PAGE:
Alice in Westminster : the political life of Alice Bacon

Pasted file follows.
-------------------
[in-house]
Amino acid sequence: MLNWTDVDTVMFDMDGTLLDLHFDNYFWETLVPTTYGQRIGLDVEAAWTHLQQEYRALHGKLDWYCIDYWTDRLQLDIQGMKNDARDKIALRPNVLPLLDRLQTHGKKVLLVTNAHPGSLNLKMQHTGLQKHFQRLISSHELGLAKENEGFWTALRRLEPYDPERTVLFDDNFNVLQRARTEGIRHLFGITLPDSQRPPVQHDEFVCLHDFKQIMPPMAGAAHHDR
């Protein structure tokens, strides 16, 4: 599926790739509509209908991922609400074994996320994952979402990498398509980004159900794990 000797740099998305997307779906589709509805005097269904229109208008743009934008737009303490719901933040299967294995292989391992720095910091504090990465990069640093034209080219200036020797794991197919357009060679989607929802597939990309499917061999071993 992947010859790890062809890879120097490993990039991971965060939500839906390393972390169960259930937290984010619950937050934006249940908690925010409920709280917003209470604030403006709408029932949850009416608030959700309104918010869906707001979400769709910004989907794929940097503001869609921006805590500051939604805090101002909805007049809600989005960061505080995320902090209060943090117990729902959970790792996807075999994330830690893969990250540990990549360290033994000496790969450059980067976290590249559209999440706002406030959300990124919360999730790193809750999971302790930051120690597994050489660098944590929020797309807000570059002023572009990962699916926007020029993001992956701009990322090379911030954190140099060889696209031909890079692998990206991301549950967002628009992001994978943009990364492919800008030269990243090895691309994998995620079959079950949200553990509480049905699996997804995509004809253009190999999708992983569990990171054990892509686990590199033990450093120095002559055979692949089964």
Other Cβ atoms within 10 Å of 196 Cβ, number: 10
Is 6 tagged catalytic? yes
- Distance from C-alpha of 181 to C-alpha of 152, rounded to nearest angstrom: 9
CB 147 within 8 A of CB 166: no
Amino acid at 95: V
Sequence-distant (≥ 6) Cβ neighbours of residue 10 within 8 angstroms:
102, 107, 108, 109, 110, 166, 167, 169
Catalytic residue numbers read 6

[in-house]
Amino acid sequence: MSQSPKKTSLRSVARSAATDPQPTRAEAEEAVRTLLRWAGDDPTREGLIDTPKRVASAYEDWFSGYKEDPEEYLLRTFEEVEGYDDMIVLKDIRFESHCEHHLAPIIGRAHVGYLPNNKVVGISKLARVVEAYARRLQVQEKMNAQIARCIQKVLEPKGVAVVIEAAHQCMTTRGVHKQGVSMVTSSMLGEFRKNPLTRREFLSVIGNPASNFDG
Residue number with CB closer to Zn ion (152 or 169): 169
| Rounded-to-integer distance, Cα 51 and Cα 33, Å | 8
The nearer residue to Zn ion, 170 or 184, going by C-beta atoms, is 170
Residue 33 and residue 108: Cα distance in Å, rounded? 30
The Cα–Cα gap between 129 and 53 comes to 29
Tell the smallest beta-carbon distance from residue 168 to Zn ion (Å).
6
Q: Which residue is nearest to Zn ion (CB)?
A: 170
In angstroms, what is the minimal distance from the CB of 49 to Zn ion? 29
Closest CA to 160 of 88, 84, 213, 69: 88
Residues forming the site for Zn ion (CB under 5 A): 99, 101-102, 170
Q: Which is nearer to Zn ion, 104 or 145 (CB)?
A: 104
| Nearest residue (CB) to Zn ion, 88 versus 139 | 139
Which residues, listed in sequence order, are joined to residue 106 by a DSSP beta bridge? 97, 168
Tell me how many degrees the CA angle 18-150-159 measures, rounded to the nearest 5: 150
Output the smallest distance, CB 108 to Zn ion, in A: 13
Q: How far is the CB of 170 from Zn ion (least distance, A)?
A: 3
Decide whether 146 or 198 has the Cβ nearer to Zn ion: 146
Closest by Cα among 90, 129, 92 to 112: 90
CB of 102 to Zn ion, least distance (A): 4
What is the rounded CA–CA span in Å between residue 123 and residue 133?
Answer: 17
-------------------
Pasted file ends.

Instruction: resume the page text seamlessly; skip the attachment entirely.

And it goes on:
Alice Bacon was one of the twentieth-century's most remarkable female politicians. Born and raised in the Yorkshire town of Normanton, she defied the odds to be elected Labour MP for Leeds North East in the 1945 General Election. Famed in her home town for her unlikely love of sports cars, she was a much-respected, no-nonsense, hard-working representative for her beloved Yorkshire home in Westminster. Mentored by Herbert Morrison and Hugh Gaitskell, she rose through the party becoming a Home Office minister under Roy Jenkins and latterly an Education Minister with responsibility for the introduction of comprehensive schools. In the Home Office in the 1960s she oversaw the introduction of substantial societal changes, including the abolition of the death penalty, the decriminalisation of homosexuality and the legalisation of abortion. Her political career spanned some of the most momentous decades in Britain's postwar history and she played an integral part in some of the most significant social, educational and political changes which the country has ever witnessed. Labour MP Rachel Reeves here tells Alice Bacon's story, narrating one woman's extraordinary progression from the coalfields to the Commons.